Each person fulfils him- or herself in a particular field of activity. Architecture is my vocation. I feel space with all my nerve endings, fingertips, heart, and soul.
For me, architecture is not just creativity and science. It is also a deep philosophy. Through buildings and public spaces, one can trace the spirit of the time, in which they were created, understand how people lived and what tastes, needs, and mentalities they had.
In the Soviet film titled ‘The Irony of Fate, or Enjoy Your Bath!’, there is a phrase saying that the work of a teacher is not as noticeable as that of a doctor but it is no less important and responsible. In my opinion, that idea also can be applied to architecture. Although the result of the work of an architect has a very concrete visual expression (for example, a completed building), it actually has a much deeper meaning.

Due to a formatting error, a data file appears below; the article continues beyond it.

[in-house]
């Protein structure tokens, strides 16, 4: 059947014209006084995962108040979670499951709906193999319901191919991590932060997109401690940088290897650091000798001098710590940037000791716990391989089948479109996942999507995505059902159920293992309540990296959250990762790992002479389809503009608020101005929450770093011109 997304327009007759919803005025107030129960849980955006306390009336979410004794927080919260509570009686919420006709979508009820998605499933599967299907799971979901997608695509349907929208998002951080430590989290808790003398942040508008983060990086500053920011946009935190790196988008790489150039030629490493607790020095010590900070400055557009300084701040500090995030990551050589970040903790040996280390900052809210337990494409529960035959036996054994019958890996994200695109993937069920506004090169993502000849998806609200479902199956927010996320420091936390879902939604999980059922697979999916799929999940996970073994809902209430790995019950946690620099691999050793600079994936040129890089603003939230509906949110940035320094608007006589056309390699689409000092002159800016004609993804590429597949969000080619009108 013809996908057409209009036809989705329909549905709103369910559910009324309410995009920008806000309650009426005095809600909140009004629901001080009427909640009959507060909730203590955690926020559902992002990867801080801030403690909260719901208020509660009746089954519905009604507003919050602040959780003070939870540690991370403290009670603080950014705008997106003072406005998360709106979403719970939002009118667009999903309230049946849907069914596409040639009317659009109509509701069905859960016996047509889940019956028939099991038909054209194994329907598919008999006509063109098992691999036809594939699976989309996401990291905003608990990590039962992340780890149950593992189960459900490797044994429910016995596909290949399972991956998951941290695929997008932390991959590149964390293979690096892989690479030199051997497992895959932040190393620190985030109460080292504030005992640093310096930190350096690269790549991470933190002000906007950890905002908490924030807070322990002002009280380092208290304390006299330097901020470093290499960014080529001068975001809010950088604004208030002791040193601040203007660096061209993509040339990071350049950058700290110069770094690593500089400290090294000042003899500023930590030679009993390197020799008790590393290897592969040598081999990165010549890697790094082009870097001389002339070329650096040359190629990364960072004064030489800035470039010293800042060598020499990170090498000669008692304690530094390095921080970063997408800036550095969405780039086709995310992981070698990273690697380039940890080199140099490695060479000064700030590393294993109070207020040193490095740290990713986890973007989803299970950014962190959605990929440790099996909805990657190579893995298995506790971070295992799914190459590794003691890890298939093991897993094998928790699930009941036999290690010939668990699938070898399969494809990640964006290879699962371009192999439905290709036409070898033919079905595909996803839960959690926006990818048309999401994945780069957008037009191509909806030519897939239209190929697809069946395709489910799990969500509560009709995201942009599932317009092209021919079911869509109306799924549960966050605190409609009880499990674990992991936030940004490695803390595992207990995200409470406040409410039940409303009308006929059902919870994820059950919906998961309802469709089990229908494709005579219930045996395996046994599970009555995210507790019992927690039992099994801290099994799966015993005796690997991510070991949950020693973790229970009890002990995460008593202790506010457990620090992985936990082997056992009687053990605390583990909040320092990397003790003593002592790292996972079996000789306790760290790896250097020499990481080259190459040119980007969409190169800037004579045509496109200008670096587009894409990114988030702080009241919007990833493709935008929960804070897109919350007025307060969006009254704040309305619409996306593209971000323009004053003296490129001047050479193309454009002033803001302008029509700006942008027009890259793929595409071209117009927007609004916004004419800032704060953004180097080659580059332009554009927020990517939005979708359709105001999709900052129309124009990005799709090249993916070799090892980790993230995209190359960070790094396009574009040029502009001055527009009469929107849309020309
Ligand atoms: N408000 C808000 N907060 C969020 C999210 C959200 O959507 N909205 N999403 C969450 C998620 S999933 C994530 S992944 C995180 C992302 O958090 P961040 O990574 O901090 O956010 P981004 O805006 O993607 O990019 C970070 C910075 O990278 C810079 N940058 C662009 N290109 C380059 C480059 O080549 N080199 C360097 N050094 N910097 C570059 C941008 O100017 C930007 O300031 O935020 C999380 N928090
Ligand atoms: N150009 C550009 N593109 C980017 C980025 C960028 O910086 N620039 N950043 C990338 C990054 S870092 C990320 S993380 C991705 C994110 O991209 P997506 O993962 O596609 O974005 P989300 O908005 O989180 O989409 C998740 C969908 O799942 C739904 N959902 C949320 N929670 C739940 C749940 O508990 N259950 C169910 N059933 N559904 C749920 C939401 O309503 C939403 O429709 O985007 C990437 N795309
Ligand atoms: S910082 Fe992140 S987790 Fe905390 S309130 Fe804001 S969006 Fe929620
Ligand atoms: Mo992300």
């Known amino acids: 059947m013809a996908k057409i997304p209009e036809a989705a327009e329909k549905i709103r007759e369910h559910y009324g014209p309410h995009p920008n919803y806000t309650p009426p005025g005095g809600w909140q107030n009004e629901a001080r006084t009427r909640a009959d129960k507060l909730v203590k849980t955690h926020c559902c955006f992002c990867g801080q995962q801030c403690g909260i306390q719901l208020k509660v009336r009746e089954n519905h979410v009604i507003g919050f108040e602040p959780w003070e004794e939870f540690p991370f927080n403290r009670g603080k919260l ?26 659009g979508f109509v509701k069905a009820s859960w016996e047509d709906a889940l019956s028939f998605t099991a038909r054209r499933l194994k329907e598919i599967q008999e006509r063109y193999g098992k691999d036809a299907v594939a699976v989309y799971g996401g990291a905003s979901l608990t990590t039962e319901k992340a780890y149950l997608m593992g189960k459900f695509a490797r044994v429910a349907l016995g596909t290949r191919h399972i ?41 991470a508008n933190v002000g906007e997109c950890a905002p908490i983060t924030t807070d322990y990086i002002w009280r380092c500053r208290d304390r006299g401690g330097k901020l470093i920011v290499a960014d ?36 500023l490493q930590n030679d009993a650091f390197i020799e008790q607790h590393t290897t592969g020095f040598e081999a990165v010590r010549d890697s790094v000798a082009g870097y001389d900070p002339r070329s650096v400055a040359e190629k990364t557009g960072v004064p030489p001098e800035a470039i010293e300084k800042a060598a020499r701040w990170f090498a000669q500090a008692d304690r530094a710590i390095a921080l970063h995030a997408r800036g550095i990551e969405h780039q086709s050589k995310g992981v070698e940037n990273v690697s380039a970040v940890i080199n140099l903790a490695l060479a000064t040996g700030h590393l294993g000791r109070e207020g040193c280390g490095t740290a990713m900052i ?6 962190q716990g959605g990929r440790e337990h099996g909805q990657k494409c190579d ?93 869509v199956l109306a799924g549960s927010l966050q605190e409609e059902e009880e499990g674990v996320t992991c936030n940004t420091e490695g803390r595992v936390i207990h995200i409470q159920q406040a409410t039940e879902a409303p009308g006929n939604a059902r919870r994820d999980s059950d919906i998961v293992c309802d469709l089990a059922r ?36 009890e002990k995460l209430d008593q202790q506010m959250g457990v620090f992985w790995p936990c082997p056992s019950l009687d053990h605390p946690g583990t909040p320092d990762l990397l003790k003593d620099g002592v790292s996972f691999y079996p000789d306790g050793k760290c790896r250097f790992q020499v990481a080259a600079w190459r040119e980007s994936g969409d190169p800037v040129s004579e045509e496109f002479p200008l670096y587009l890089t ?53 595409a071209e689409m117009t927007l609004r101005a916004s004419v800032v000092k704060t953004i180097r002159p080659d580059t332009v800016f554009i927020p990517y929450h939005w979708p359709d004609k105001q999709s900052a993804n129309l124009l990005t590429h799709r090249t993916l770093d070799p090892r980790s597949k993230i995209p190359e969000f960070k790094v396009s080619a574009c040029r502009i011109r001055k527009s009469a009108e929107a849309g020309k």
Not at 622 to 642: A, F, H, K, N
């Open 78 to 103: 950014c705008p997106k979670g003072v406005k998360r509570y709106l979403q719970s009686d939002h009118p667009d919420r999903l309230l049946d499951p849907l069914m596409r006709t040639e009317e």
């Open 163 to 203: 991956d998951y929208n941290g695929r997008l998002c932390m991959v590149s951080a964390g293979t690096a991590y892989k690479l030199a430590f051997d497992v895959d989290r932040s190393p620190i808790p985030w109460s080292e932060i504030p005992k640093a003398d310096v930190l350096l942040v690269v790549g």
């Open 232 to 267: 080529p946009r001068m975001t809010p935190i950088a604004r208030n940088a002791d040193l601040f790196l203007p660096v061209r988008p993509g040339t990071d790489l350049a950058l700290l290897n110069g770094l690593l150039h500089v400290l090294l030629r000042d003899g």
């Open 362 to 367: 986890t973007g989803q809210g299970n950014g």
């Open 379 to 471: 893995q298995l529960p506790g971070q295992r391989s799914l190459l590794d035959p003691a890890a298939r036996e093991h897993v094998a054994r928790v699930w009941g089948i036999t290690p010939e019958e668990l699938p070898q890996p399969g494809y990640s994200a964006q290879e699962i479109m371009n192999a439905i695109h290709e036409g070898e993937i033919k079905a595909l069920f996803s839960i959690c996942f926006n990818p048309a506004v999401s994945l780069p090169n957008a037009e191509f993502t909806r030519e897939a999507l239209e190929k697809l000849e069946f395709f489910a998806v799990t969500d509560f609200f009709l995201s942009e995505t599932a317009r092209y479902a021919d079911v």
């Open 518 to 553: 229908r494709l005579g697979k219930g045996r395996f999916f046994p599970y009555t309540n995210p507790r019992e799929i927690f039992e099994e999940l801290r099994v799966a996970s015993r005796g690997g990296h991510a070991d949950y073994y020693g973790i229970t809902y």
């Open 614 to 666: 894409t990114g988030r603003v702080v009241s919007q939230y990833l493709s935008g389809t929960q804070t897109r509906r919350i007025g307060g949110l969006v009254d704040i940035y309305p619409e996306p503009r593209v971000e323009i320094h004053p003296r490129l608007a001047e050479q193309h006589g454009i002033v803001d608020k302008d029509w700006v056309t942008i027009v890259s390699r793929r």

– In your opinion, what are your most significant and interesting professional architectural projects?
– In my practice, I had a period when I was almost completely free creatively. I set up a studio and worked on private projects: houses, apartments, and offices. Many of them were very interesting, especially the ones where I had to do my best and come up with complicated solutions. However, I would like to tell you about another phase of my professional path.
The period of my professional development associated with reconstruction and restoration was very important for me. I worked on buildings of federal importance, monuments, and religious buildings. Probably, that was when I felt the peak of the fulfilment of my potential.
Architects are always especially passionate about everything related to reconstruction and restoration. That kind of work requires a great deal of knowledge and experience. At the same time, it is also incredibly inspiring: it gives you a chance to be in touch with history.